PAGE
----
THE Archbishop of
Canterbury will tweet a version of his Christmas Day sermon for the
first time ever this year, broadcasting to the ten million people
who use the social-media site that "Christmas starts with
He will be joined by his
successor- designate, the Bishop of Durham, the Rt Revd Justin
Welby, the Archbishop of York, Dr Sentamu, and, it is hoped,
thousands of other clergy and congregations.
The Christmas Tweet
campaign, devised by Church House, Westminster, urges people to
condense the content of Christmas sermons into messages of 140
characters ending with the hashtag #ChristmasStartsWithChrist. If
enough people use the hashtag, it will "trend" - appearing to
millions of users of the site. Last year, #Christmas was the sixth
biggest trend, behind the pop stars Justin Bieber, Lady Gaga, and
the Jonas Brothers, football, and the National Basketball
"This is a brilliant
opportunity for parishes to take the good news of the first
Christmas out of churches and into people's lives and homes," said
the Director of Communications for the Archbishops' Council, the
Revd Arun Arora. "There are large numbers of social-media
enthusiasts to be found in pews and pulpits across the country.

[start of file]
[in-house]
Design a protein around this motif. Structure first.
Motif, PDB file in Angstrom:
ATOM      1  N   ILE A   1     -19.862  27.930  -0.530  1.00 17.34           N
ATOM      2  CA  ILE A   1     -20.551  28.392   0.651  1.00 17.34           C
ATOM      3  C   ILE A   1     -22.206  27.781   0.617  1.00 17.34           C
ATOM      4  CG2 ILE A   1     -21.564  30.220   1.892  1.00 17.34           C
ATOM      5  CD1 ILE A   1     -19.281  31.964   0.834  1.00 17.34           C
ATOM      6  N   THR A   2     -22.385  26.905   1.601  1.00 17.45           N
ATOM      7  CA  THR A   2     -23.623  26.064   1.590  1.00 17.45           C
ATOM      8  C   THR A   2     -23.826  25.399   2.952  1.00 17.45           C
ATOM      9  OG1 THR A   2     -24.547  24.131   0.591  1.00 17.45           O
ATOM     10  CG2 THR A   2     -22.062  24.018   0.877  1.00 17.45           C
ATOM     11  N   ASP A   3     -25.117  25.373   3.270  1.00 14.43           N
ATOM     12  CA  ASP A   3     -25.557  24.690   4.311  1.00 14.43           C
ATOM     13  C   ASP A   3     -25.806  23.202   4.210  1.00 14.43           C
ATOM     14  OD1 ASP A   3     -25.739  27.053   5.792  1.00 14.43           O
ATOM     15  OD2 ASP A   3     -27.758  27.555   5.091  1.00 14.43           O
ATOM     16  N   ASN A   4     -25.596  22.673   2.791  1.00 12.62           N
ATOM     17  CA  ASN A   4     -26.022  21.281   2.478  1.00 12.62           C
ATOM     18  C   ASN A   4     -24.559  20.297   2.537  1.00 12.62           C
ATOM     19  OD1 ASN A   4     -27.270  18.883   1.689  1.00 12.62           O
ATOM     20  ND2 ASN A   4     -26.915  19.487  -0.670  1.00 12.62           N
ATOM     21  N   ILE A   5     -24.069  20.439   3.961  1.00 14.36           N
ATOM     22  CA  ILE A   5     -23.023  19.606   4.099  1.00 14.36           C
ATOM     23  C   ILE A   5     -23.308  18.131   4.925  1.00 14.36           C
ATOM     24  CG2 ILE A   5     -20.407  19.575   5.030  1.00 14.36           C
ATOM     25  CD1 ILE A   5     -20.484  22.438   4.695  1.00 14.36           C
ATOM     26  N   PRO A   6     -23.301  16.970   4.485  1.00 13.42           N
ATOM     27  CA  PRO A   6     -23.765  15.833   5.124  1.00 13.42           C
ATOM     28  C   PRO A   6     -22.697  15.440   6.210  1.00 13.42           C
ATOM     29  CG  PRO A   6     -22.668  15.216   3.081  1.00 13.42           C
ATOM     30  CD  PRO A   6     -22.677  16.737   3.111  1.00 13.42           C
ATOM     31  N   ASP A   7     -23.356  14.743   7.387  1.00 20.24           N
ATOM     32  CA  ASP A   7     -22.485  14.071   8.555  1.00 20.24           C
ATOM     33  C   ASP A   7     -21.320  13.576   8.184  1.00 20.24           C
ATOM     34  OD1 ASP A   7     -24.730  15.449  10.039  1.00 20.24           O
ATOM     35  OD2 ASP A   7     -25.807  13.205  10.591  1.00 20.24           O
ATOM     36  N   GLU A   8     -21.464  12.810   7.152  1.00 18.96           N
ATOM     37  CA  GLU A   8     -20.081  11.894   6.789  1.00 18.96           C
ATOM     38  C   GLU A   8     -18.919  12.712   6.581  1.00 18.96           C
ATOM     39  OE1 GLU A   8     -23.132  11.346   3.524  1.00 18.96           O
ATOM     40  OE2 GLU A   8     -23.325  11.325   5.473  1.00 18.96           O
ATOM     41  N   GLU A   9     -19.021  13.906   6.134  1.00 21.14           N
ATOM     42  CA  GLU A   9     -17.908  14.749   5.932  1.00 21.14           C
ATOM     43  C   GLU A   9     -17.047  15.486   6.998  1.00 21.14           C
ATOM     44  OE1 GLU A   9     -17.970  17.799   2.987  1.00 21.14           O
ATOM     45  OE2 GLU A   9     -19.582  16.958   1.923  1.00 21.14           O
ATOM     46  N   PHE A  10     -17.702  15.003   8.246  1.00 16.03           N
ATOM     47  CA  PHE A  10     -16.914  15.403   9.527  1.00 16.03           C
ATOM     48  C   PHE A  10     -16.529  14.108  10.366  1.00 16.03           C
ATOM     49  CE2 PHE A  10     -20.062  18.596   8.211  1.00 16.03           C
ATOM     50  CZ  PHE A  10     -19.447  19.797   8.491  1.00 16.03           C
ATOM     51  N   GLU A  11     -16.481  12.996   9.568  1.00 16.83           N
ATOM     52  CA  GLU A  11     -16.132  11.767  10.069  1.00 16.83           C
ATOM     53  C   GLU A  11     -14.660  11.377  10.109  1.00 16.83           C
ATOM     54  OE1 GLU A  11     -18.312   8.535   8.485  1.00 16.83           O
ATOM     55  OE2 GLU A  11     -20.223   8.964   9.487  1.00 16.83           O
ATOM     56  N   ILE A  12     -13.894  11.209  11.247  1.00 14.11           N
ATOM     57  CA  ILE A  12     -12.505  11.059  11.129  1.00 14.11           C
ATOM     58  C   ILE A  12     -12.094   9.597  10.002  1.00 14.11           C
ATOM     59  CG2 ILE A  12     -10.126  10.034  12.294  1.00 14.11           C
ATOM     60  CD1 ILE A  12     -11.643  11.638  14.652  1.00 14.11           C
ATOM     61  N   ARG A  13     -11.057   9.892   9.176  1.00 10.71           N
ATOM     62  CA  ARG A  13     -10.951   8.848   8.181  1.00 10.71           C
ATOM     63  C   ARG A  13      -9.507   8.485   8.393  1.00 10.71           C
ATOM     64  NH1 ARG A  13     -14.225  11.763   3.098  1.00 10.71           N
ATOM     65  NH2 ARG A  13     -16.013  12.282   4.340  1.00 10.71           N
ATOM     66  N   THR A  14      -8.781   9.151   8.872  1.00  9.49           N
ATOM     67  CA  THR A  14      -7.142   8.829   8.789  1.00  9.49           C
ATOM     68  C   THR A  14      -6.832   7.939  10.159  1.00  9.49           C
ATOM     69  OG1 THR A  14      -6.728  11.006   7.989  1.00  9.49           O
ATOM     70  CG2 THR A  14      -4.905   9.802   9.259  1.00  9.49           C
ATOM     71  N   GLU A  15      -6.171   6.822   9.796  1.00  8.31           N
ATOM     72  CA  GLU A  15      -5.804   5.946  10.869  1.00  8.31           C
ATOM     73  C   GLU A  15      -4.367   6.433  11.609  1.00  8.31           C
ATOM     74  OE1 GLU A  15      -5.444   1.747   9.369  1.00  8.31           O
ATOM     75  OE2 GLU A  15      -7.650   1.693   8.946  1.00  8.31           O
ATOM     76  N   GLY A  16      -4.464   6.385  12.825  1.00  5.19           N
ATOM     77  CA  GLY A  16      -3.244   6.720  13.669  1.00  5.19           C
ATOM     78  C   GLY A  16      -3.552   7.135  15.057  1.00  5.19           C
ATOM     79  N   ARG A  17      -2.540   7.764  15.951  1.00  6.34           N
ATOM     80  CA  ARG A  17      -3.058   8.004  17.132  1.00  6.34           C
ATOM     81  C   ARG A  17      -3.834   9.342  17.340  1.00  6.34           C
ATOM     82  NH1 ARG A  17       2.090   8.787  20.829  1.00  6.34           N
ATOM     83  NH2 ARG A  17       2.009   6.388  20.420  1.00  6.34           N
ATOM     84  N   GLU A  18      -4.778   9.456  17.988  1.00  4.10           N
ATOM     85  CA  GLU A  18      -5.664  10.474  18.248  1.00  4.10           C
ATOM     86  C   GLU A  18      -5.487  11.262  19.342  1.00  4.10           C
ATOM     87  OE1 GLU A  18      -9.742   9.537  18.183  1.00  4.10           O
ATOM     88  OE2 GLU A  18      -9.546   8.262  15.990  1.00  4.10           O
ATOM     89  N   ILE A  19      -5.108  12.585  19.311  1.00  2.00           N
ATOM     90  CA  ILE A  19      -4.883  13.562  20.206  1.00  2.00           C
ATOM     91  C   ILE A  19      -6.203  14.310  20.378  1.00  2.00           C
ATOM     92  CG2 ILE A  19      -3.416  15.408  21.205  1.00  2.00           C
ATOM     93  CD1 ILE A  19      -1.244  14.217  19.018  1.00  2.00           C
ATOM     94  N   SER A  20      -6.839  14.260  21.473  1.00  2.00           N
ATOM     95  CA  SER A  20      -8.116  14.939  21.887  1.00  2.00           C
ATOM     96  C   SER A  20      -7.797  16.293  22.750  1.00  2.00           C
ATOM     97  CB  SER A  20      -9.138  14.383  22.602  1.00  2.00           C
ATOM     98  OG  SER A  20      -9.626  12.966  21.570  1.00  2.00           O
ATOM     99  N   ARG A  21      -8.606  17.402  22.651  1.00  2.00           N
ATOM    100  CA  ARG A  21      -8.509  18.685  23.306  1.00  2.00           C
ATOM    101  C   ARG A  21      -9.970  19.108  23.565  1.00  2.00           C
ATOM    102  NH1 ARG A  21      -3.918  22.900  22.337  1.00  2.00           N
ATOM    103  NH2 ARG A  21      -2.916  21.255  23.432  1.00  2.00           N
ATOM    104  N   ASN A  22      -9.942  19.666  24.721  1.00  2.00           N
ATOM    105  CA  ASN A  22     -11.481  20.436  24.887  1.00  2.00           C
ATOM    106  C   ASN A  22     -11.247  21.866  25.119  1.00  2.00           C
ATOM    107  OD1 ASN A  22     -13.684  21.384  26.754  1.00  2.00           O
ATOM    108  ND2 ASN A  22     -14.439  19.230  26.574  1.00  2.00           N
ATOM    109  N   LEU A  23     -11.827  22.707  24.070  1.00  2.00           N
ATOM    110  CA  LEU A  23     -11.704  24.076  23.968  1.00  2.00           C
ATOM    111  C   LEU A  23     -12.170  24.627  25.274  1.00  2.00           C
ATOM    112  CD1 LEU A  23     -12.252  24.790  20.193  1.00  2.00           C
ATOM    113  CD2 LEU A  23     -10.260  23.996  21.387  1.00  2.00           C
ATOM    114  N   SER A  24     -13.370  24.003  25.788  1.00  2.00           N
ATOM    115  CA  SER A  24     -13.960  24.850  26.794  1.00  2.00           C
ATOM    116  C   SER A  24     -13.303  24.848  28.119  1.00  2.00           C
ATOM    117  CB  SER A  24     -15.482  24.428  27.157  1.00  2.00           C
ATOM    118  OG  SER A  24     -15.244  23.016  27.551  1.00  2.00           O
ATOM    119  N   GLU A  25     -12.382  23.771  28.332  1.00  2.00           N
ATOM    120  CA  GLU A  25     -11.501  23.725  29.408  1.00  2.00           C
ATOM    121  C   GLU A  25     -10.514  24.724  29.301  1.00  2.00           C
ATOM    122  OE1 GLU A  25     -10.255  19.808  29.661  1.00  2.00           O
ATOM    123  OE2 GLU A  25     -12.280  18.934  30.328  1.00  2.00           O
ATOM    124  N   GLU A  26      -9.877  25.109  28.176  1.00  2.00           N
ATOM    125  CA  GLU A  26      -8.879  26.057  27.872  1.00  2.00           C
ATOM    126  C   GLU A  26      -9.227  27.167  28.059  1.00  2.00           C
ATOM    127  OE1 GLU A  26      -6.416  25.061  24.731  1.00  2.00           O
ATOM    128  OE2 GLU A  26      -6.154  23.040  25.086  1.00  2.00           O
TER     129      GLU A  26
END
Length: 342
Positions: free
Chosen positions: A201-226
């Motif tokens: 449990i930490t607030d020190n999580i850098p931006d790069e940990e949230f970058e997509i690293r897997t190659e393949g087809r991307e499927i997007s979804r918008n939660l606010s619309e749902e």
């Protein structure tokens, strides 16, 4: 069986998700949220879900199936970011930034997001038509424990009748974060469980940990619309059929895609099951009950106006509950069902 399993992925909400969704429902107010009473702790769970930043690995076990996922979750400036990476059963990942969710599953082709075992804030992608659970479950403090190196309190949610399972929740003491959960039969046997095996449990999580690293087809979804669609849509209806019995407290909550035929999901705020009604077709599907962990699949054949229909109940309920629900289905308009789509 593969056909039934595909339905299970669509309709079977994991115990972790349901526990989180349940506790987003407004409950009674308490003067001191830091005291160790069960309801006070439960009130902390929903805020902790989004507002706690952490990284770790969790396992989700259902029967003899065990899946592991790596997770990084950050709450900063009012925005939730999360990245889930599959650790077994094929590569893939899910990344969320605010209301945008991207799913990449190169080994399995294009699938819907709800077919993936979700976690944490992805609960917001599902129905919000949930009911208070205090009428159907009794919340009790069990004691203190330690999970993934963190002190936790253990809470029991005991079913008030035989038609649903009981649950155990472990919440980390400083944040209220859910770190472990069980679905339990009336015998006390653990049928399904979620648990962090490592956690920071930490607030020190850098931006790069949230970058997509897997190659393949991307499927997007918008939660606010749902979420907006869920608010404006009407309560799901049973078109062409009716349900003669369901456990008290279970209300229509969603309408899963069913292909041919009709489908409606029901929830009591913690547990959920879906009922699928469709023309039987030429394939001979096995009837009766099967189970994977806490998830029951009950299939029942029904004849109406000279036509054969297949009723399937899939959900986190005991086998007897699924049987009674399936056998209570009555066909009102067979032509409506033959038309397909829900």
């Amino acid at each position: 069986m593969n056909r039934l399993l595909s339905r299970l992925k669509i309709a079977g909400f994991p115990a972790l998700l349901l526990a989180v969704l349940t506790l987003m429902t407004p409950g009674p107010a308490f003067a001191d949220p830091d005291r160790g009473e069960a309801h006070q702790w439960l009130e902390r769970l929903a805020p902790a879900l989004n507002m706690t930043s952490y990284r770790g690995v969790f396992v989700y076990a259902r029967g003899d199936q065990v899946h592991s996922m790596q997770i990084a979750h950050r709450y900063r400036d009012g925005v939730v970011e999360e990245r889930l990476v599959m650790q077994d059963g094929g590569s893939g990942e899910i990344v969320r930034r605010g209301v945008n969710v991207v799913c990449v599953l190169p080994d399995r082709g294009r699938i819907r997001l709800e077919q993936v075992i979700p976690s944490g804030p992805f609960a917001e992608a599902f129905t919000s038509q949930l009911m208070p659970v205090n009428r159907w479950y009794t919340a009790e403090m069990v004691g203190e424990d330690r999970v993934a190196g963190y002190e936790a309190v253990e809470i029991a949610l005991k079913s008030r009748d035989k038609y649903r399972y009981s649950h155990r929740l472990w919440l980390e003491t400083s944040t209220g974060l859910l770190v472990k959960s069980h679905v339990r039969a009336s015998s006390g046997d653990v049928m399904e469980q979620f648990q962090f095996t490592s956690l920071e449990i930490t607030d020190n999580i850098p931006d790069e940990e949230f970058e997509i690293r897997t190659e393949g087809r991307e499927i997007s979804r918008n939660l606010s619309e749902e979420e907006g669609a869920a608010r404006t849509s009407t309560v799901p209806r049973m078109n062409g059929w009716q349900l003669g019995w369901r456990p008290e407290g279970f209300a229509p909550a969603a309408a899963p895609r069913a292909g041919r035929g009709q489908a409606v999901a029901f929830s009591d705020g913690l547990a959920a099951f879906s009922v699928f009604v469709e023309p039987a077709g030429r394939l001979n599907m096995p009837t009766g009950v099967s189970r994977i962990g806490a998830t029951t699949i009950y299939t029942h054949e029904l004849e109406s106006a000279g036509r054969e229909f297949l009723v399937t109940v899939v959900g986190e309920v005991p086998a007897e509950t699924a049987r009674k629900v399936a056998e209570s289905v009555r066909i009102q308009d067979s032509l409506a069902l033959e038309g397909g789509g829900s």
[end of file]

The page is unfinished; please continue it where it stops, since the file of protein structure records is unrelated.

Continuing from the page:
This is an invitation for them to join together to celebrate the
joy of the Christ child coming into the world, taking the real
meaning of Christmas to a new digital audience."
The Vicar of St
Francis's, Luton, the Revd James Ogley, said on Tuesday that there
was "something of an art" to condensing the content of a sermon
into messages of 140 characters.
"You get the sound-bites,
which, in a sense, is appropriate for the medium," he said. "We
live in a sound-bite society to an extent, and Twitter feeds into
that, or feeds off it, more accurately. So you get little nuggets.
You may miss the two minutes of exegesis that got to the point, but
you get the point." He is planning to draft the key points of his
sermon into tweets that his wife can send out during the
"I hope it might lead to a greater appreciation of the
significance of the season," he said. "Even if the hashtag is all
that people see in their timeline, that is most important thing. .
. It's about the big picture of Christmas and Christ."
Comment: The Pope on Twitter